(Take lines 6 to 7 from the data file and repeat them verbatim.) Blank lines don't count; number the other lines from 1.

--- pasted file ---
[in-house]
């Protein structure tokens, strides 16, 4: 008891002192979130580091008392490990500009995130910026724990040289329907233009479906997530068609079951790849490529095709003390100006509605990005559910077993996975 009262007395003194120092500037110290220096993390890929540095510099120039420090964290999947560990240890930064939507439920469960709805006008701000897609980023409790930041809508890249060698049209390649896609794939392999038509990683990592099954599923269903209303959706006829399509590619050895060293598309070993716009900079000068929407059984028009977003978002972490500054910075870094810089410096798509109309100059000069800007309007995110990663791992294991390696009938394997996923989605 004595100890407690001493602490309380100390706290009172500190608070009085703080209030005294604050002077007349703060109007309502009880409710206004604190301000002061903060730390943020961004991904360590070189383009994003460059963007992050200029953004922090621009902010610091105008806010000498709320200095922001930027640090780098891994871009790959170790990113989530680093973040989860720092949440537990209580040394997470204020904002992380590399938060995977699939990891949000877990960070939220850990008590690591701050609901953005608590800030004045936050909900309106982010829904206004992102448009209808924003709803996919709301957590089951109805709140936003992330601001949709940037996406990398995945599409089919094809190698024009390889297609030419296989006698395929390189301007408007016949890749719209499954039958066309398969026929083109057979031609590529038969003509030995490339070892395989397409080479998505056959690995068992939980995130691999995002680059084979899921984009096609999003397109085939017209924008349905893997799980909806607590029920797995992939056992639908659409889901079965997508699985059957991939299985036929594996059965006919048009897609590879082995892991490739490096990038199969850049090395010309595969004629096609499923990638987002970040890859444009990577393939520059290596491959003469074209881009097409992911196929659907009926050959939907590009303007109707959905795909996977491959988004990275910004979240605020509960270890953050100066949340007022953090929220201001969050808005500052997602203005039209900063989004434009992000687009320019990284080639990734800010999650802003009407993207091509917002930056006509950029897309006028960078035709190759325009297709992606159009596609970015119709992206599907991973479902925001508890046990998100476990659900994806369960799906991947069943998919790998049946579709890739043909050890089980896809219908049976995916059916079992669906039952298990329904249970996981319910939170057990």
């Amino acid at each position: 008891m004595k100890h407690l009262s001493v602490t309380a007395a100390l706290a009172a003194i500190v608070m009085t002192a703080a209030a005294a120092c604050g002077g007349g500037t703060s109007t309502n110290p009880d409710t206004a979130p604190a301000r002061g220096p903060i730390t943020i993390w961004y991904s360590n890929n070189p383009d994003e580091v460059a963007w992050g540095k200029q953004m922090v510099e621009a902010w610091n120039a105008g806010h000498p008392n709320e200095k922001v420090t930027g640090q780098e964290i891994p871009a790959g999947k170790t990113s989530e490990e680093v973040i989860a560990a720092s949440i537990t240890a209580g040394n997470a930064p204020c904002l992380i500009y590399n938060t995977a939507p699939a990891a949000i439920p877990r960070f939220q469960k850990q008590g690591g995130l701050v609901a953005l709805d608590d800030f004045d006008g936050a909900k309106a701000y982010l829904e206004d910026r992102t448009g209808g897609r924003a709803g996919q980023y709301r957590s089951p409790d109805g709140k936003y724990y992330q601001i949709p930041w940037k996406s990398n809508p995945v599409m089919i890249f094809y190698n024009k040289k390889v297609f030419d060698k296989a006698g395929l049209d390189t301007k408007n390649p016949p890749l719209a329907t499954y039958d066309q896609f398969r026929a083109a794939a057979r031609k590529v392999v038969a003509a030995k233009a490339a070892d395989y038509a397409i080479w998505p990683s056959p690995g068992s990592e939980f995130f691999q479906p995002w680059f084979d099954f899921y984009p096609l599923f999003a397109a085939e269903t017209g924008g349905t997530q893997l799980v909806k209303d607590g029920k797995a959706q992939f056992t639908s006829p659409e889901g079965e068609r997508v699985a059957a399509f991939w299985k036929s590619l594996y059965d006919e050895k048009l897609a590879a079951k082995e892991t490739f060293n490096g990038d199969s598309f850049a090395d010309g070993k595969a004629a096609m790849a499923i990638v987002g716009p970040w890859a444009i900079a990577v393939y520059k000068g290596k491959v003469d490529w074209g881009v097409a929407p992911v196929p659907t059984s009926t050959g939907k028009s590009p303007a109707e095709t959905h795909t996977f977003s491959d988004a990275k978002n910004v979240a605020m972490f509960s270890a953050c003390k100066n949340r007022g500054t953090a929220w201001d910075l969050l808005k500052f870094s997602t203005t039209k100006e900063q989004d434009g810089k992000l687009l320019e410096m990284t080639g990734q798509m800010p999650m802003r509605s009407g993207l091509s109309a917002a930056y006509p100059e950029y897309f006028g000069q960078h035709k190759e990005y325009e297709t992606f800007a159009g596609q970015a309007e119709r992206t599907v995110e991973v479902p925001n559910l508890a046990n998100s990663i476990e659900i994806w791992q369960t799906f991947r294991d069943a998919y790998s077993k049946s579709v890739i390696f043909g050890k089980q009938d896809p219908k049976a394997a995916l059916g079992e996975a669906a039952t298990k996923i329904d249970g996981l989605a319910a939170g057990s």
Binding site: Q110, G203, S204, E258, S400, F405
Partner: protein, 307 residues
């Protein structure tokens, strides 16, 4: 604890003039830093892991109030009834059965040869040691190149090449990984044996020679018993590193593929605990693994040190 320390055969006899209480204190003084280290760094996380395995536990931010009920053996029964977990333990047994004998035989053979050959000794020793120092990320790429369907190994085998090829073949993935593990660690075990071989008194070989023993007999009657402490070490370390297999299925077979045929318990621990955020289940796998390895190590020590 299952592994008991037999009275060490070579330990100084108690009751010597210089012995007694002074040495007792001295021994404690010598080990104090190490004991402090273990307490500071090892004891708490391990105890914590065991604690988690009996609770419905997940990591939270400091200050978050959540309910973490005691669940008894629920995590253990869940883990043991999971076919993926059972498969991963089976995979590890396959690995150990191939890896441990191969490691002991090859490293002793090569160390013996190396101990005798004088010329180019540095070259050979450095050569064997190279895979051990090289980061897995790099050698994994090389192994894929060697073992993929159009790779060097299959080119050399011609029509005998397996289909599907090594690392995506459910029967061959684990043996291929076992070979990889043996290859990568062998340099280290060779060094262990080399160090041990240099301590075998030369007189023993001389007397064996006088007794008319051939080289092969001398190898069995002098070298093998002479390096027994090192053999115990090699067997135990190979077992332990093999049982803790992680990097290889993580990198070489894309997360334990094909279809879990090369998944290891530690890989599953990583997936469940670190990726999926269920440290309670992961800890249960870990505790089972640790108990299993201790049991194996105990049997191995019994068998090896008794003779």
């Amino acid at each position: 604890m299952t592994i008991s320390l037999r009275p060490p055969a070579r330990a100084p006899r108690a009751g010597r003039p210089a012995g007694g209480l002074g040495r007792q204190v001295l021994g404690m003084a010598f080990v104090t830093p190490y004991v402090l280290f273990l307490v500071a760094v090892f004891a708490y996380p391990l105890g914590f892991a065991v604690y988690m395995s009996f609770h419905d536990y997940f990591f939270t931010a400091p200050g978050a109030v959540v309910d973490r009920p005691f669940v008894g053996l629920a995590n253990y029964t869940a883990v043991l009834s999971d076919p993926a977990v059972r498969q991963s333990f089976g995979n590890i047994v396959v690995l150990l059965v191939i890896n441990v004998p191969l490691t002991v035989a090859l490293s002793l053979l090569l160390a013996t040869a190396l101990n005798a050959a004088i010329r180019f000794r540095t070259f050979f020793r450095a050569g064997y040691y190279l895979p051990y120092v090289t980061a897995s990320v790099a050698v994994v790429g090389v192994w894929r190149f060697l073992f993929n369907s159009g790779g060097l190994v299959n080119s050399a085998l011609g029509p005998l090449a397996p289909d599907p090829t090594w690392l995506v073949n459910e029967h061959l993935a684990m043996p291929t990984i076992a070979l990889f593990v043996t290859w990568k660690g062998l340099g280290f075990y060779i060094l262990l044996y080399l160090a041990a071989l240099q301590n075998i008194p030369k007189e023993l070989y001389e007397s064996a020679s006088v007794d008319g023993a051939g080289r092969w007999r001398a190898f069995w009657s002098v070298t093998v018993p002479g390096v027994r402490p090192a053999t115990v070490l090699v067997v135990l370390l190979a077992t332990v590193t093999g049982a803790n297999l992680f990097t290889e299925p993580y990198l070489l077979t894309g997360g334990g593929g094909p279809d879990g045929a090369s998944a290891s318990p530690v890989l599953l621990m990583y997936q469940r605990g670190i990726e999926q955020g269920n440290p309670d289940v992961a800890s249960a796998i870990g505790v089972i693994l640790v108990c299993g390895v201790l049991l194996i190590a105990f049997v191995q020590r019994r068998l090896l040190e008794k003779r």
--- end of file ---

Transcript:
């Protein structure tokens, strides 16, 4: 604890003039830093892991109030009834059965040869040691190149090449990984044996020679018993590193593929605990693994040190 320390055969006899209480204190003084280290760094996380395995536990931010009920053996029964977990333990047994004998035989053979050959000794020793120092990320790429369907190994085998090829073949993935593990660690075990071989008194070989023993007999009657402490070490370390297999299925077979045929318990621990955020289940796998390895190590020590 299952592994008991037999009275060490070579330990100084108690009751010597210089012995007694002074040495007792001295021994404690010598080990104090190490004991402090273990307490500071090892004891708490391990105890914590065991604690988690009996609770419905997940990591939270400091200050978050959540309910973490005691669940008894629920995590253990869940883990043991999971076919993926059972498969991963089976995979590890396959690995150990191939890896441990191969490691002991090859490293002793090569160390013996190396101990005798004088010329180019540095070259050979450095050569064997190279895979051990090289980061897995790099050698994994090389192994894929060697073992993929159009790779060097299959080119050399011609029509005998397996289909599907090594690392995506459910029967061959684990043996291929076992070979990889043996290859990568062998340099280290060779060094262990080399160090041990240099301590075998030369007189023993001389007397064996006088007794008319051939080289092969001398190898069995002098070298093998002479390096027994090192053999115990090699067997135990190979077992332990093999049982803790992680990097290889993580990198070489894309997360334990094909279809879990090369998944290891530690890989599953990583997936469940670190990726999926269920440290309670992961800890249960870990505790089972640790108990299993201790049991194996105990049997191995019994068998090896008794003779």
């Amino acid at each position: 604890m299952t592994i008991s320390l037999r009275p060490p055969a070579r330990a100084p006899r108690a009751g010597r003039p210089a012995g007694g209480l002074g040495r007792q204190v001295l021994g404690m003084a010598f080990v104090t830093p190490y004991v402090l280290f273990l307490v500071a760094v090892f004891a708490y996380p391990l105890g914590f892991a065991v604690y988690m395995s009996f609770h419905d536990y997940f990591f939270t931010a400091p200050g978050a109030v959540v309910d973490r009920p005691f669940v008894g053996l629920a995590n253990y029964t869940a883990v043991l009834s999971d076919p993926a977990v059972r498969q991963s333990f089976g995979n590890i047994v396959v690995l150990l059965v191939i890896n441990v004998p191969l490691t002991v035989a090859l490293s002793l053979l090569l160390a013996t040869a190396l101990n005798a050959a004088i010329r180019f000794r540095t070259f050979f020793r450095a050569g064997y040691y190279l895979p051990y120092v090289t980061a897995s990320v790099a050698v994994v790429g090389v192994w894929r190149f060697l073992f993929n369907s159009g790779g060097l190994v299959n080119s050399a085998l011609g029509p005998l090449a397996p289909d599907p090829t090594w690392l995506v073949n459910e029967h061959l993935a684990m043996p291929t990984i076992a070979l990889f593990v043996t290859w990568k660690g062998l340099g280290f075990y060779i060094l262990l044996y080399l160090a041990a071989l240099q301590n075998i008194p030369k007189e023993l070989y001389e007397s064996a020679s006088v007794d008319g023993a051939g080289r092969w007999r001398a190898f069995w009657s002098v070298t093998v018993p002479g390096v027994r402490p090192a053999t115990v070490l090699v067997v135990l370390l190979a077992t332990v590193t093999g049982a803790n297999l992680f990097t290889e299925p993580y990198l070489l077979t894309g997360g334990g593929g094909p279809d879990g045929a090369s998944a290891s318990p530690v890989l599953l621990m990583y997936q469940r605990g670190i990726e999926q955020g269920n440290p309670d289940v992961a800890s249960a796998i870990g505790v089972i693994l640790v108990c299993g390895v201790l049991l194996i190590a105990f049997v191995q020590r019994r068998l090896l040190e008794k003779r």